Crude oil prices extended losses in Asian trade today after it fell yesterday to the lowest in four weeks at $81.28 a barrel, as the latest economic data shook confidence in the US economy with continued fears that energy demand will crumble if the world is engulfed by another recession also concerns over the future recovery in the global economy in light of the crises experienced by the global financial markets added to the dilemma.

Light sweet crude oil opened today at $81.57 a barrel recording the intraday high at $81.59 a barrel and a low of $79.61 a barrel and is currently trading around $79.80 a barrel.

Oil prices were also dampened by a stronger dollar, seen as a safe-haven currency in times of crisis, as the USDIX which measures the dollar’s performance against other six major currencies opened today at 74.21 recording the highest at 74.46 and the lowest at 74.18 and is currently trading around 74.44.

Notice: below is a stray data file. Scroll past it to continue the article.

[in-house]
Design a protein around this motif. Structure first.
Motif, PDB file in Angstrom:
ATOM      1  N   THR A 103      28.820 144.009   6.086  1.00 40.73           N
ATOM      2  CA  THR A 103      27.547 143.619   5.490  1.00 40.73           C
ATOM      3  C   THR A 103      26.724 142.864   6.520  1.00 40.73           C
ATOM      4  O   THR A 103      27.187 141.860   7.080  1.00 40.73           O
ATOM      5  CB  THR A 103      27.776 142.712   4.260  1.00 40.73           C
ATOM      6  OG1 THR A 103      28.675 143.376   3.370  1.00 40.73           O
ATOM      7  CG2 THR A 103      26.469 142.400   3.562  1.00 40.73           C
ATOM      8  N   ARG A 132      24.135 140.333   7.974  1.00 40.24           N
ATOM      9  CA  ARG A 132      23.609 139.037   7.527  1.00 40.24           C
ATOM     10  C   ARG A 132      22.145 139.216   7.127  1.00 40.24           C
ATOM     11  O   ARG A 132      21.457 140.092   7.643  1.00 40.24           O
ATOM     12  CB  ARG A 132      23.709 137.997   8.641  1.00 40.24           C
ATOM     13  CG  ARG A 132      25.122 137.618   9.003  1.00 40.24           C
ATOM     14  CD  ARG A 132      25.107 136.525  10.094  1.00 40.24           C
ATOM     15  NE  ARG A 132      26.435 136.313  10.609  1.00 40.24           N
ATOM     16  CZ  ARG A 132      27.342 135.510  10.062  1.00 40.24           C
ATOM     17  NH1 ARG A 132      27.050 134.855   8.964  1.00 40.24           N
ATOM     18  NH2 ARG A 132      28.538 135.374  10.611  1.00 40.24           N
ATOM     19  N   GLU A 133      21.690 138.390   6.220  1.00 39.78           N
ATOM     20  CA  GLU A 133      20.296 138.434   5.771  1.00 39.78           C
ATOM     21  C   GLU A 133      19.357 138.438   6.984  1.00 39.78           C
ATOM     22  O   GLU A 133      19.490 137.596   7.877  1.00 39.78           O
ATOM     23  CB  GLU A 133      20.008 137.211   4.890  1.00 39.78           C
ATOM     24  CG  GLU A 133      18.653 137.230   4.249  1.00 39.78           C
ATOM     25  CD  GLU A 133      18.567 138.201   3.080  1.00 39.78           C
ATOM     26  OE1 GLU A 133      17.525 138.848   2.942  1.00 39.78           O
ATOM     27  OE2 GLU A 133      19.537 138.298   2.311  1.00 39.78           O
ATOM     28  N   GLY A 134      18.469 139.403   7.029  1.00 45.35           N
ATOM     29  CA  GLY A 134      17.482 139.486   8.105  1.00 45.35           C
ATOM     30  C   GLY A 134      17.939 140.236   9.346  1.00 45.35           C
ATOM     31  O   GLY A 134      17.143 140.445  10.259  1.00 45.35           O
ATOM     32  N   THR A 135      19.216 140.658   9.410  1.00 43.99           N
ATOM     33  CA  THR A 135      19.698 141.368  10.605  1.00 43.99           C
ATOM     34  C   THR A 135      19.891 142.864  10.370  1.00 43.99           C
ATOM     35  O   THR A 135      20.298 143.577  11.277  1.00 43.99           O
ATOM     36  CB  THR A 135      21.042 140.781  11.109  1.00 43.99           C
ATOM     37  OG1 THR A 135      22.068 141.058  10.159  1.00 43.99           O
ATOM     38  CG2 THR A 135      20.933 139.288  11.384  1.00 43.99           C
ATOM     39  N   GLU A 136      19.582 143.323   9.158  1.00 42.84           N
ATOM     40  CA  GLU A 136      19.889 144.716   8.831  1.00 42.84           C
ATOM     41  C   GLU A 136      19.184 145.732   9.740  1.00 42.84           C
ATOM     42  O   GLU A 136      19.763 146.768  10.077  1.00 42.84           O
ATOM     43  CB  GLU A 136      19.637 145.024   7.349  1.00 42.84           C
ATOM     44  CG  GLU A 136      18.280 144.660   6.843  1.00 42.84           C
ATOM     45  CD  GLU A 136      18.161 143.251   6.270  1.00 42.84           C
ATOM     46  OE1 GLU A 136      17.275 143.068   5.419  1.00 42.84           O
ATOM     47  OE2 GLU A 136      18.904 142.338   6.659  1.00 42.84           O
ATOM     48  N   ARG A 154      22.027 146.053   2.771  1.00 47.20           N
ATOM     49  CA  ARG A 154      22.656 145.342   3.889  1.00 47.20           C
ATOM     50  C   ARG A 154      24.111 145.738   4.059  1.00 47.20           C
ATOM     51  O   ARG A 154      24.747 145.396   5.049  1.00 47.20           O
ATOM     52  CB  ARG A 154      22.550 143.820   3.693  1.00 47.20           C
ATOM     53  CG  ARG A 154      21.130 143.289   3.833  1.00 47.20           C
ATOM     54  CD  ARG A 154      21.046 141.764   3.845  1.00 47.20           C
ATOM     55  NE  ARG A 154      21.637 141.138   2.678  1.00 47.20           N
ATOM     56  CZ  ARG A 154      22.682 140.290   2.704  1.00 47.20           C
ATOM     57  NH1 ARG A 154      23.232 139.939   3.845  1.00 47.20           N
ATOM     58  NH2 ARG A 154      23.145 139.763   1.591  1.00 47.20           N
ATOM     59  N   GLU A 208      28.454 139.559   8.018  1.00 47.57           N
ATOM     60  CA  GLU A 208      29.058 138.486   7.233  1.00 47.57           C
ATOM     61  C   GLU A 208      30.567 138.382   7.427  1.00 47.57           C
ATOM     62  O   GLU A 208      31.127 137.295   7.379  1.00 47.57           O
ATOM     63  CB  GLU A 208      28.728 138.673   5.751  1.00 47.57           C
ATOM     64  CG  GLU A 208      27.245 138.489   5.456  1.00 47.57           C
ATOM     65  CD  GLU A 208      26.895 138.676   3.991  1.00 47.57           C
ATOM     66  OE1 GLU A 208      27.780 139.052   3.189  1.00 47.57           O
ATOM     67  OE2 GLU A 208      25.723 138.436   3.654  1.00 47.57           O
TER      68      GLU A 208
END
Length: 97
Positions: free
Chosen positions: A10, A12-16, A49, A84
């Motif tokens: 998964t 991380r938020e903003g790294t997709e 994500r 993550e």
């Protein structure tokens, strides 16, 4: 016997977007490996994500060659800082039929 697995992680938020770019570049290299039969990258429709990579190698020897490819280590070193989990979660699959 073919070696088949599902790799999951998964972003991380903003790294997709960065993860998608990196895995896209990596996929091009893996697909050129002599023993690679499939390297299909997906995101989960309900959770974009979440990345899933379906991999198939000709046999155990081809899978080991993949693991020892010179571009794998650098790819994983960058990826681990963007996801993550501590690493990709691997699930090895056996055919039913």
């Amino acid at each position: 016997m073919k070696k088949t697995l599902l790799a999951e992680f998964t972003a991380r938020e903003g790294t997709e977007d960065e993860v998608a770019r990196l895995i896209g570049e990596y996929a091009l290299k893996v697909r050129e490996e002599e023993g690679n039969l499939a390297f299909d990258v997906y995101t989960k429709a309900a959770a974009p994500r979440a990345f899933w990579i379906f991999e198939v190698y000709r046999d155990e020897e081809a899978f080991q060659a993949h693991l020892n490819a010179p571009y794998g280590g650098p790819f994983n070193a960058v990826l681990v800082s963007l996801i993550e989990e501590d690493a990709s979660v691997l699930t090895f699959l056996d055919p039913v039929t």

On the other hand, oil found more reasons to fall within the huge saleoff across global stock markets and investors' ongoing attempts to get rid of risky assets, whether in commodities or currencies markets.As the yen, the dollar and the franc dominated the course of events in the currency markets, gold was the biggest winner in the commodity market, making the safe haven investment the owner of green screens within a wave of selling.

The downbeat US economic data such as jobless claims, regional manufacturing and inflation provided a fresh blow to shaky investors’ confidence along with the downgrade of the credit rating in the United States, as it’s the world’s largest oil consumer which has increased expectations that the demand on oil will falter pushing crude prices further to the downside.

As for China, which is the world’s second largest oil consumer, the Chinese government is still working to limit the expansion of economic growth by more than this through further actions to reduce the liquidity available in the markets and thus affect the field of investment, lowering expectations for the second largest oil consumer in the world.

Amid the sluggishness in global economies, oil prices may be prone to further downside pressure, especially with the drop in shares and incline in the dollar.